The PBEye

Pro Bono As We See It
January 3, 2017

Free to Practice Pro Bono in Wisconsin!

Effective January 1, the more than 225 registered in-house counsel in Wisconsin may provide pro bono legal services without unnecessary restriction. Previously, in-house counsel licensed and in good standing in other jurisdictions and registered to work for their employer in Wisconsin were permitted to provide pro bono legal services only “to qualified clients of a legal service program.” See Wis. SCR 10.03(4)(f) (cmt.).

The road to this change began several years ago when the Wisconsin ACC Chapter took up the issue. At the chapter’s urging, on October 7, 2015, the State Bar of Wisconsin filed a petition to amend the Wisconsin Supreme Court Rules. On April 13, 2016 the court held a public hearing on the rule change, where PBI President and CEO Eve Runyon provided information on the topic and answered questions about in-house legal pro bono. Following a period of deliberation, on April 28, 2016, the court voted 5-2 to adopt the petition.  On July 21, 2016, the court issued Rule Order 15-05 amending Supreme Court Rule 10.03(4)(f) to include: “A lawyer registered under this subsection may provide pro bono legal services without fee or expectation of fee as provided in SCR 20:6.1,” thereby expanding the pool of clients registered in-house counsel may serve.

Wisconsin joins Illinois, New York, and Virginia as a state that allows non-locally licensed in-house counsel to provide pro bono services free of unnecessary restrictions. The PBEye congratulates all involved in the rule change for their dedication to equal access to justice. We hope that Wisconsin, Illinois, New York, and Virginia are just the start and that it is only a matter of time until non-locally licensed in-house counsel in all states can provide pro bono legal aid to those in need without unnecessary restrictions.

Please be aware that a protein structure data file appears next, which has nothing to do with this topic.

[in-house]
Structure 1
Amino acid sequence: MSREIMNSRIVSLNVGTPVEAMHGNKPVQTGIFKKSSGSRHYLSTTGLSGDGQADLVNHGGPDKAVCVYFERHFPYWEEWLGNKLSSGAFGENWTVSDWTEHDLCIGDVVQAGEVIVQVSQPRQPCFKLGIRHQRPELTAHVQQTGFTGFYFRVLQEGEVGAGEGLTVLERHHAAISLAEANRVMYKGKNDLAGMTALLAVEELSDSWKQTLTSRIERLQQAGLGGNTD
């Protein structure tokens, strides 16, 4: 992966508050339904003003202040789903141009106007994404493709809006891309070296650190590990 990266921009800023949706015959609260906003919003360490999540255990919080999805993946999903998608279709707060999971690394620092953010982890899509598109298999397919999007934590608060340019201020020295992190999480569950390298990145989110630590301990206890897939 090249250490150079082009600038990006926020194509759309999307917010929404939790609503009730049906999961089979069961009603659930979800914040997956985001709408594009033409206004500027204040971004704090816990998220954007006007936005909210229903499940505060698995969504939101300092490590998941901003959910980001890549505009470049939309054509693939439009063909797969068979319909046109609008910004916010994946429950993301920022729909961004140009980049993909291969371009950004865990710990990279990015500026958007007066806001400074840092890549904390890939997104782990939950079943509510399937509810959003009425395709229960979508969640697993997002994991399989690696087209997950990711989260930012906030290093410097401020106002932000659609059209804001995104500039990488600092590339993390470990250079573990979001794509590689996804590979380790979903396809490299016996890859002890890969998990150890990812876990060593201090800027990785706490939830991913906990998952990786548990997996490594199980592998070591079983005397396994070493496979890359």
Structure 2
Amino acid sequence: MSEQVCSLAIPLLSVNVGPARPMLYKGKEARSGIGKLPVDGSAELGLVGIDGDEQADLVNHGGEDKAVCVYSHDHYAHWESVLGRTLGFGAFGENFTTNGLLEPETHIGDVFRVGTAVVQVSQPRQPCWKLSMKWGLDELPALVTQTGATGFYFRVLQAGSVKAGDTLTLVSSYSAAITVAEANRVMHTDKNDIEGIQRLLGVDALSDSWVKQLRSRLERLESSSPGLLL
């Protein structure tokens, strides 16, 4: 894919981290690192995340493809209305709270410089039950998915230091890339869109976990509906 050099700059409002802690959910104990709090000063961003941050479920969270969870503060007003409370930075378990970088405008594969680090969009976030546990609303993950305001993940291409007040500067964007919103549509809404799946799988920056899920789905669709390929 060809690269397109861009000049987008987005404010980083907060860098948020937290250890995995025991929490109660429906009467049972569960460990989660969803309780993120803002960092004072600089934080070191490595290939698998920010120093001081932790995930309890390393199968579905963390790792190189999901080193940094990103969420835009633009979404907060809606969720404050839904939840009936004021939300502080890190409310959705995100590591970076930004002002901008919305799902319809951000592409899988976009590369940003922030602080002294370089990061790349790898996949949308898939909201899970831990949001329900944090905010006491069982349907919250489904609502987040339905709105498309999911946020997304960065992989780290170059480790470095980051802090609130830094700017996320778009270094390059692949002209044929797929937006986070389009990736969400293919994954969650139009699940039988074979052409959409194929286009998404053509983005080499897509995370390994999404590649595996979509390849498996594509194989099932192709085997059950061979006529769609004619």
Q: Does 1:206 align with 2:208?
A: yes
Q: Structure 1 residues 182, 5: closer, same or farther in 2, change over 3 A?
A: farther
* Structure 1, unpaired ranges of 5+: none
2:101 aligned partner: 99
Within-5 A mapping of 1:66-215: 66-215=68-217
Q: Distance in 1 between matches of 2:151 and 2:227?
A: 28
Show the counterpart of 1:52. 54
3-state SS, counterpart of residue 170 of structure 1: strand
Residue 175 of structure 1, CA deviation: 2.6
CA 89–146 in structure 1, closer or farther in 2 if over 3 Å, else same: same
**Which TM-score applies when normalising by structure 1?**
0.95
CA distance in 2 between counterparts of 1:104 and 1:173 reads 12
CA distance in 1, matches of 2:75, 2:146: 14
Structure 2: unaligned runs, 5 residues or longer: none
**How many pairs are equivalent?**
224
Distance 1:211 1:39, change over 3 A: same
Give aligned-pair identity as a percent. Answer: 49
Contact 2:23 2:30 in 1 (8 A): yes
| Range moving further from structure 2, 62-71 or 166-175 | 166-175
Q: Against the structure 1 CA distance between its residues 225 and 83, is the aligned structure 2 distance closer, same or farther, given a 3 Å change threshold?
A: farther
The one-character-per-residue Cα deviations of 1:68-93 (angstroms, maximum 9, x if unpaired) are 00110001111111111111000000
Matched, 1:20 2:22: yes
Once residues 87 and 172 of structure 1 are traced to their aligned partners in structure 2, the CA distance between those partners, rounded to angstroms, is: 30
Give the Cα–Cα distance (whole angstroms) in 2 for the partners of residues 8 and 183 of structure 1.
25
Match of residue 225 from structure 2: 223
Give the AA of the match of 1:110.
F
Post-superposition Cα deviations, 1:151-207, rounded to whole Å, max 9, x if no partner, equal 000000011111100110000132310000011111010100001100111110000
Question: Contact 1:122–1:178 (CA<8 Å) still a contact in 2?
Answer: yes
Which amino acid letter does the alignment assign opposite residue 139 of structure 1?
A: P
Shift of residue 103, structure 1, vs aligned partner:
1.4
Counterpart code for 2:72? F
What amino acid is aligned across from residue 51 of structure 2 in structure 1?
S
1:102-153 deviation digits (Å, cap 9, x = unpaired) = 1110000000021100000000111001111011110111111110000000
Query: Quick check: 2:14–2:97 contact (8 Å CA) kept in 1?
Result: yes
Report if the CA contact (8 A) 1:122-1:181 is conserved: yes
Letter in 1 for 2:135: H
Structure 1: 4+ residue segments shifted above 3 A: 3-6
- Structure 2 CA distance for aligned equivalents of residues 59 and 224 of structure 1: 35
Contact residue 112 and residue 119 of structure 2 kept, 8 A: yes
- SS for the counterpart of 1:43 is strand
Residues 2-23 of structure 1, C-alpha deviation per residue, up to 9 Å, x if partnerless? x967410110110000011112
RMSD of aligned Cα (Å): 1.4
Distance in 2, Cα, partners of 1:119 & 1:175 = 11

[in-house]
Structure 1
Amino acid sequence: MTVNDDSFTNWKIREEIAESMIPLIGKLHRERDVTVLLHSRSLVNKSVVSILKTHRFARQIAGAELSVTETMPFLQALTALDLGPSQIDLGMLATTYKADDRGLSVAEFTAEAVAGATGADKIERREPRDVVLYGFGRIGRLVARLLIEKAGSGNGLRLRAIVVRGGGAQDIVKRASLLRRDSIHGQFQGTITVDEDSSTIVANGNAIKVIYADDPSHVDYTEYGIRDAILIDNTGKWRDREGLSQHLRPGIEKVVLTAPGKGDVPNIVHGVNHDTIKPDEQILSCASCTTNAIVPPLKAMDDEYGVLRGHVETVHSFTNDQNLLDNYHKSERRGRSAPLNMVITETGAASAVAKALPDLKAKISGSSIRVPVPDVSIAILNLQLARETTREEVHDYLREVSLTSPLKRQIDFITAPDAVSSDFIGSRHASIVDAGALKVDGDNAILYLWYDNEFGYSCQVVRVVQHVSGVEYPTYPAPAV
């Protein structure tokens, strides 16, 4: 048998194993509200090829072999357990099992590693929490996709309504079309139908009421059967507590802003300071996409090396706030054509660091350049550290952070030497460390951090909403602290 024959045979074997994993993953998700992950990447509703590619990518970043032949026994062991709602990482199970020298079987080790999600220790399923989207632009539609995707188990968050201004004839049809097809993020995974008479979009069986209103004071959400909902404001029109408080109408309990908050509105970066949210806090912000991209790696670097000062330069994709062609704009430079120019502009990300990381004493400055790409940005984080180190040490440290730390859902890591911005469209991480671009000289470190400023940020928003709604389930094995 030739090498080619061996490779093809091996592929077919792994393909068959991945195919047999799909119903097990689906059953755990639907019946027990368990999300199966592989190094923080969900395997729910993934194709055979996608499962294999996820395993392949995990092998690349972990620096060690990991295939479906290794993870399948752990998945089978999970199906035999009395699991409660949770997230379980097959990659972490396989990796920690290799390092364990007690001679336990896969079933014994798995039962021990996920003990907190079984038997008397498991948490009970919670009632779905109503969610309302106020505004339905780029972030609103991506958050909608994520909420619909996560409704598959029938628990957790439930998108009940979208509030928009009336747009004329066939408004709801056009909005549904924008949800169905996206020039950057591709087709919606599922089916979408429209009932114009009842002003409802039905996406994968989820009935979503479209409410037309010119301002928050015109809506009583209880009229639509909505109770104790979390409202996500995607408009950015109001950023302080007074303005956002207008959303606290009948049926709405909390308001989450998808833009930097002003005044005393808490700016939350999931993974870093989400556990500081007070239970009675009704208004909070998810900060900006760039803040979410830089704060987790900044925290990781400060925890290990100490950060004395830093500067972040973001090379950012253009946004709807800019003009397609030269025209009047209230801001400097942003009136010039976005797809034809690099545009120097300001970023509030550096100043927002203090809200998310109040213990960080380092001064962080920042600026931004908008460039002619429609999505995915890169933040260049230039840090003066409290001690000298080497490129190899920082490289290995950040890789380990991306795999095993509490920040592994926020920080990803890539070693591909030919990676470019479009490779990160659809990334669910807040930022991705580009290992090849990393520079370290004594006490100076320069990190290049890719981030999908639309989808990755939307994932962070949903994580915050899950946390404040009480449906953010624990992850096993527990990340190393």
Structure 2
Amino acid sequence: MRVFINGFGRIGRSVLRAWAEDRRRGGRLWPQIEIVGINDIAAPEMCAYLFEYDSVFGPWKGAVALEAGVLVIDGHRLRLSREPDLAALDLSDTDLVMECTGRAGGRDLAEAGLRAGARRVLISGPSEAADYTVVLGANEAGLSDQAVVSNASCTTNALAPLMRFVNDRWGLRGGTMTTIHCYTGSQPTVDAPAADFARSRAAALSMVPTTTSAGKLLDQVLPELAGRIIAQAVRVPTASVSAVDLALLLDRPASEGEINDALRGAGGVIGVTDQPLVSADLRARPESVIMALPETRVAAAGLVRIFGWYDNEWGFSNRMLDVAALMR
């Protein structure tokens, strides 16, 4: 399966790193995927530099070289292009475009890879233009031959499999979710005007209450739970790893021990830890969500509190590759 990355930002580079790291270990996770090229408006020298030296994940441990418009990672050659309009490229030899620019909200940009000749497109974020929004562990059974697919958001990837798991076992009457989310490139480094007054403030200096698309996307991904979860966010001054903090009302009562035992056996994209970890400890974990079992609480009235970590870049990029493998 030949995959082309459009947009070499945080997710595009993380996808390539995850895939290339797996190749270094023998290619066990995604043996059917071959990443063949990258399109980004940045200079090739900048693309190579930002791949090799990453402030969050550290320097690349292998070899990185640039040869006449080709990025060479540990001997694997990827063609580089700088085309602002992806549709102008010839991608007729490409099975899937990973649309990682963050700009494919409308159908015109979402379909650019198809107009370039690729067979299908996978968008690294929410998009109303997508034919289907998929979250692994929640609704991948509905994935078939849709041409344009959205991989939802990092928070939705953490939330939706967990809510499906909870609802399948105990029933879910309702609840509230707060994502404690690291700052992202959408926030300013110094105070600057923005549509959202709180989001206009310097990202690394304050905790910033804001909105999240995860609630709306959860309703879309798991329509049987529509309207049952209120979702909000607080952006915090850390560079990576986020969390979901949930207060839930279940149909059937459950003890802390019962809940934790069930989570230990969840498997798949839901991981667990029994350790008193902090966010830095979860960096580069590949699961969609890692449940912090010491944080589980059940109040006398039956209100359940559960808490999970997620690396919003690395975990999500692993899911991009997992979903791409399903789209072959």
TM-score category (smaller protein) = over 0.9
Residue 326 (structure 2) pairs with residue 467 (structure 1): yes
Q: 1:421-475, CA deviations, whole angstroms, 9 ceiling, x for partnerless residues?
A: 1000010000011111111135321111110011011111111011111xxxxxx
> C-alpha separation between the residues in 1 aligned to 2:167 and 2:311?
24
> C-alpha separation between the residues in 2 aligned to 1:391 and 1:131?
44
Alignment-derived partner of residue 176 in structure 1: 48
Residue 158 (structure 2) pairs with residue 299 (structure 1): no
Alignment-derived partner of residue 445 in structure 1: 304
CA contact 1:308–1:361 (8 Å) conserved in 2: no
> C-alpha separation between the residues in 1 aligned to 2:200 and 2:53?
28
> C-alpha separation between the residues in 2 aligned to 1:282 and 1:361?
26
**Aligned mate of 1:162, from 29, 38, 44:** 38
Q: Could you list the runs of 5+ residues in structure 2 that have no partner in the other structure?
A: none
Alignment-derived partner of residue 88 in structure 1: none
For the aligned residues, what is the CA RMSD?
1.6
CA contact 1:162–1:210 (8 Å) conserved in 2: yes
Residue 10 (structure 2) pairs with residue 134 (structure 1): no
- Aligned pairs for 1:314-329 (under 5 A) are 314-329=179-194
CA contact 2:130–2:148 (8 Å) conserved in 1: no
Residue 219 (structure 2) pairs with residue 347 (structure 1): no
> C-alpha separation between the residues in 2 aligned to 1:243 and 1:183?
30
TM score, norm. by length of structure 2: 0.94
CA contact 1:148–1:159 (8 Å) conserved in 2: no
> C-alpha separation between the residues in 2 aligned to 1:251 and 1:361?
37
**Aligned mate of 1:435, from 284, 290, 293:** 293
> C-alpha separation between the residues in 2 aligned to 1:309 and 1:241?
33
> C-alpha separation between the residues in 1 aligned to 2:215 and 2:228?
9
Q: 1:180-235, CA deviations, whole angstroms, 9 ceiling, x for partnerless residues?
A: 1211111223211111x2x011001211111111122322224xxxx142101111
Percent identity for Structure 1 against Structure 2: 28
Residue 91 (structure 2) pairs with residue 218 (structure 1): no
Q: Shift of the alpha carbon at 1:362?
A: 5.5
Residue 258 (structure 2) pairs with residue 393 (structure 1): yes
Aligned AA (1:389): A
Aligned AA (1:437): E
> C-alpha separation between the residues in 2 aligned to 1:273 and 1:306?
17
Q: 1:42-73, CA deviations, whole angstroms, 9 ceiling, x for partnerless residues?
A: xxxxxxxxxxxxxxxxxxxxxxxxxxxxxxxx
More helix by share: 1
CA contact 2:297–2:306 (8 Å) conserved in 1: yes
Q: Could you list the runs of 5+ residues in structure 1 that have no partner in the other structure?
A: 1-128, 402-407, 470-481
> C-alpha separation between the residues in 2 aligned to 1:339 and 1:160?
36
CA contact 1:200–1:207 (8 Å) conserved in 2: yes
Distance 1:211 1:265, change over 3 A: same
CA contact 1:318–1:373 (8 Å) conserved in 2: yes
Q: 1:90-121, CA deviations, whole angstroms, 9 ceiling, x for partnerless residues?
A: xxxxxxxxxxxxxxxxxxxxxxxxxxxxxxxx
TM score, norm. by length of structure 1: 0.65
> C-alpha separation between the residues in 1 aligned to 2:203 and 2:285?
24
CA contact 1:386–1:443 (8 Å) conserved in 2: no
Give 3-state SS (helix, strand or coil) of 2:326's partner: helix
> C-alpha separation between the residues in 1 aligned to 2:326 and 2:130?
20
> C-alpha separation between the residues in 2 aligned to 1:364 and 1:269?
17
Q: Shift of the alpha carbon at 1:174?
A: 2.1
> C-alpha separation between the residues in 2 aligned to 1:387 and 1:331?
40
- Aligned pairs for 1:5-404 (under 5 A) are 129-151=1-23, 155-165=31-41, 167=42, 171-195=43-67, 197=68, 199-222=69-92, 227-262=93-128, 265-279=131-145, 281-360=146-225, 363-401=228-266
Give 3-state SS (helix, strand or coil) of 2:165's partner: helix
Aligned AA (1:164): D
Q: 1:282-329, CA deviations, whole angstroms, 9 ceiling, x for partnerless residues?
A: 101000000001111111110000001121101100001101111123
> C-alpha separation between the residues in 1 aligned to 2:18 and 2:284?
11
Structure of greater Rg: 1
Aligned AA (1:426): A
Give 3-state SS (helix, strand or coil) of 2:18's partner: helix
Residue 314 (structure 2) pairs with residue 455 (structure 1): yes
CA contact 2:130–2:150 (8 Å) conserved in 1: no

Amending the local practice rules is of course only one step in increasing the role of in-house counsel in improving access to justice. Runyon returned to Wisconsin in November to speak at Quarles & Brady’s*† 2016 Annual Legal Ethics Seminar on the ethics of in-house pro bono, including the practice rules that apply to non-locally licensed in-house counsel. As discussed by all of the esteemed speakers that day, with knowledge of the rules and a bit of organization, legal departments are using their unique skills to assist those in need.

* denotes a Law Firm Pro Bono Challenge® signatory
† denotes a Member of the Law Firm Pro Bono Project

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